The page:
In this production, the military intervention has left a power vacuum into which the “Duke of Gloucester” steps. Freeman is wearing the sort of George V beard favoured by the Gloucesters and Kents in the 20th century. So we’re in high-concept Shakespeare, and it always remains to see how much the director pulls and squeezes the play to the concept, and how much the play just happens to fit the concept. Richard III has enugh layers of political machination without adding a further layer.
The set is a political committee room. There are two long rows of desks facing each other, used for showing opposite factions as at a conference. Or in an office … hang on, Martin Freeman … The Office. The two long rows of desk with other desks also filling the sides, confine the actors to narrow gangways, or trap the actors between the rows, except for one dramatic piece where Freeman leaps monkey-like across them. His best bit. There are three or four 70s televisions (which are used for video). The cast use microphones quite often.
There were early complaints that Hobbit and Sherlock fans were getting over-excited and applauding Freeman too much and too often. The Tolkien effect aided Richard Armitage’s massive applause (well-deserved) in The Crucible last week, but that all came at the end. A dozen years ago, Sean Bean in Macbeth elicited Beatlesque screams from the audience. We spoke to two Spanish lads who had come to London purely to see Freeman and Armitage on stage. The Trafalgar Studios concept under Lloyd was to reserve seats for schools and first-time theatergoers, with cheap Monday seats too. That’s laudable and it’s snotty to moan about enthusiasm. I have seen an elderly Bath audience applaud Penelope Keith before she opened her mouth. However, in reality, I see the Trafalgar Studios publicity department at work, because Freeman did not get any extraneous applause on this Saturday night until the encores. Not a sign of this “poor theatre etiquette” which I suspect is imaginary or rather advertising. The programme notes by Jamie Lloyd made me shudder at the degree of patronizing: “Many of you may not have been to the theatre before, let alone seen one of Shakespeare’s plays.” There are only two words for such patronizing twaddle, and the second one is “off.” I’d add “and after seeing a play directed by me, many of you may not bother to go again.” From the patronizing note, I guess Lloyd believes only slasher horror bloodfests will bring in the Yoof audience. By which, I suppose he means the boys who like comic books. Think on. Movement, music, drama, dance sections, costume, spectacle, emotional depth, respect for the story all appeal too. None of them were used here. The emotional range is from vicious and vengeful to vengeful and vicious.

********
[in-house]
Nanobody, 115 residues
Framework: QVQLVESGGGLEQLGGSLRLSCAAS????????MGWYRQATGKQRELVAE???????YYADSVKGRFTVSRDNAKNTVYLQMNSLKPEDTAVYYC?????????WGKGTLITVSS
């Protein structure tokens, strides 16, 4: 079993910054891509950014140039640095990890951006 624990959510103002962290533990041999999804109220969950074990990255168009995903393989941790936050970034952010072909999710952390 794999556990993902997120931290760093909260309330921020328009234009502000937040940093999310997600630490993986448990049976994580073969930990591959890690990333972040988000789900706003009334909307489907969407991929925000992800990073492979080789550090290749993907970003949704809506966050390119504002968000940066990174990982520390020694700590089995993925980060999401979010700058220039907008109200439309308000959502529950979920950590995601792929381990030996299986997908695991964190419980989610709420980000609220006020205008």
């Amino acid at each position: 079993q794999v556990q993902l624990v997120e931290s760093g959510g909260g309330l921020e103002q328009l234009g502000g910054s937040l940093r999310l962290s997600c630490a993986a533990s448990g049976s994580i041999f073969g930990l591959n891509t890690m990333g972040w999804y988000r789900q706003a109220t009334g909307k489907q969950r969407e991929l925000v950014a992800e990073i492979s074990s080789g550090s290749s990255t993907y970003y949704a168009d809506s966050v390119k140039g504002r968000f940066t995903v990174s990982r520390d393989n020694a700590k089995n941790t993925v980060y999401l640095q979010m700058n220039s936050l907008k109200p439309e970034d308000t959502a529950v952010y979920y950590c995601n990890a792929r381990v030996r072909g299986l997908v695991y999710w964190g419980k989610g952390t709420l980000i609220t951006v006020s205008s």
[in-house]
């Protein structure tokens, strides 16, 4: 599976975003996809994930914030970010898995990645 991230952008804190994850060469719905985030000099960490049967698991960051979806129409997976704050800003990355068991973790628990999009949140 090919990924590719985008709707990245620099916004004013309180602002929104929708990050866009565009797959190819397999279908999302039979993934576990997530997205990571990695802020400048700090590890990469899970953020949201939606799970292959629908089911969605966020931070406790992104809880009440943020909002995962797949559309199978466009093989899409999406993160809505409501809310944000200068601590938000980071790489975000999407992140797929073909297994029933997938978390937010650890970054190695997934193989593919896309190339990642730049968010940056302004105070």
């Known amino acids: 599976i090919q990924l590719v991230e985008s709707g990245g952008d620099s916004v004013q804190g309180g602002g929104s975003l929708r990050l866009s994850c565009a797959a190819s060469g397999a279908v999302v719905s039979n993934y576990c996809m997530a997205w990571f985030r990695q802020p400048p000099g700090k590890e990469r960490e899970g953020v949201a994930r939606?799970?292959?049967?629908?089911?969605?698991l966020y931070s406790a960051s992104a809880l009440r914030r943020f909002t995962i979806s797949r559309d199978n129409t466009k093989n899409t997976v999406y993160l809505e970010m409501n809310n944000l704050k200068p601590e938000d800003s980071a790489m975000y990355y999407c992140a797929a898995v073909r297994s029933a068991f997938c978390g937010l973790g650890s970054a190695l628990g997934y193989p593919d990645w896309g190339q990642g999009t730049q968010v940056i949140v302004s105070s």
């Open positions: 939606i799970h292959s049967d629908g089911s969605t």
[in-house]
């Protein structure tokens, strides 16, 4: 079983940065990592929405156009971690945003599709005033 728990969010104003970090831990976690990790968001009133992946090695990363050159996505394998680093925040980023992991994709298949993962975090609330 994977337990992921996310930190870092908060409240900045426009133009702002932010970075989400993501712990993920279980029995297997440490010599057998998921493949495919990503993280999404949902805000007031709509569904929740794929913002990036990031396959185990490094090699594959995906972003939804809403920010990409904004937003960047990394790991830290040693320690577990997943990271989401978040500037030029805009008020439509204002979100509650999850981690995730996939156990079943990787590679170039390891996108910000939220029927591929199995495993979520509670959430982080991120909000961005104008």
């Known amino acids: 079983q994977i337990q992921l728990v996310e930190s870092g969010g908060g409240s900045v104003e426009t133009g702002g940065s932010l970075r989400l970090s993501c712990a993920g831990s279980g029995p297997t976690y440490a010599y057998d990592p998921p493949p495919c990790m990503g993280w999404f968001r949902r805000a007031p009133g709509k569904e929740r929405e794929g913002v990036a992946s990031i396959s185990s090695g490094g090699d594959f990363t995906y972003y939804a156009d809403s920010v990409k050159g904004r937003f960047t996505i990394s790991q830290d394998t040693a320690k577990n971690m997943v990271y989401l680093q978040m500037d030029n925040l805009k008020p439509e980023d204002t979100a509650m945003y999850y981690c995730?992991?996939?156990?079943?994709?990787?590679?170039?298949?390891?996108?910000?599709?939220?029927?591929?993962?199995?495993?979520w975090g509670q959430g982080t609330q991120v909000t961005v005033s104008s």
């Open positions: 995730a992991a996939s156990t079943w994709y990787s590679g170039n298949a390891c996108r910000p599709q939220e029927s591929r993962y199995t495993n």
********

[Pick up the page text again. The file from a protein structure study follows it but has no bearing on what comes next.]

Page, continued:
Some reviews thought Freeman “understated” but that’s his trademark. He was understated as Tim in The Office, as Dr Watson and understated as Rembrandt. Sinister people don’t have to rant and rave, and surely Richard III was sinster because he was sinuous. Freeman does a lot of gurning and grimacing aside, much of it is funny. Freeman is an actor of enormous ability, but I found his Richard one-dimensional. The character he creates has nowhere near the appeal of Kevin Spacey or Jonjo O’Neill or Mark Rylance, the three recent Richards I’ve seen. Freeman is the main appeal of the play, but we know he’s a conniving nasty bastard from the outset. He lacks gravitas, coming across in his blue-suited sections as a spiv with a grudge. I felt he was acting “at” people, not “with” people. There is zero erotic charge in the scene with Anne for instance. The other three Richards mentioned all managed to convey some of the oily charm that deceived the people around them, even if temporarily. No one would have trusted this one. Also we normally travel on a journey with Richard, who dissembles and smiles early on, and gradually lets his out and out violence come to the surface. This cast go flat out and rant and rave their way through the script at high speed. I disliked the concept, thought the set far, far too confining of action and highly derivative (though more of Hamlets and Macbeths), the direction clichéd and static.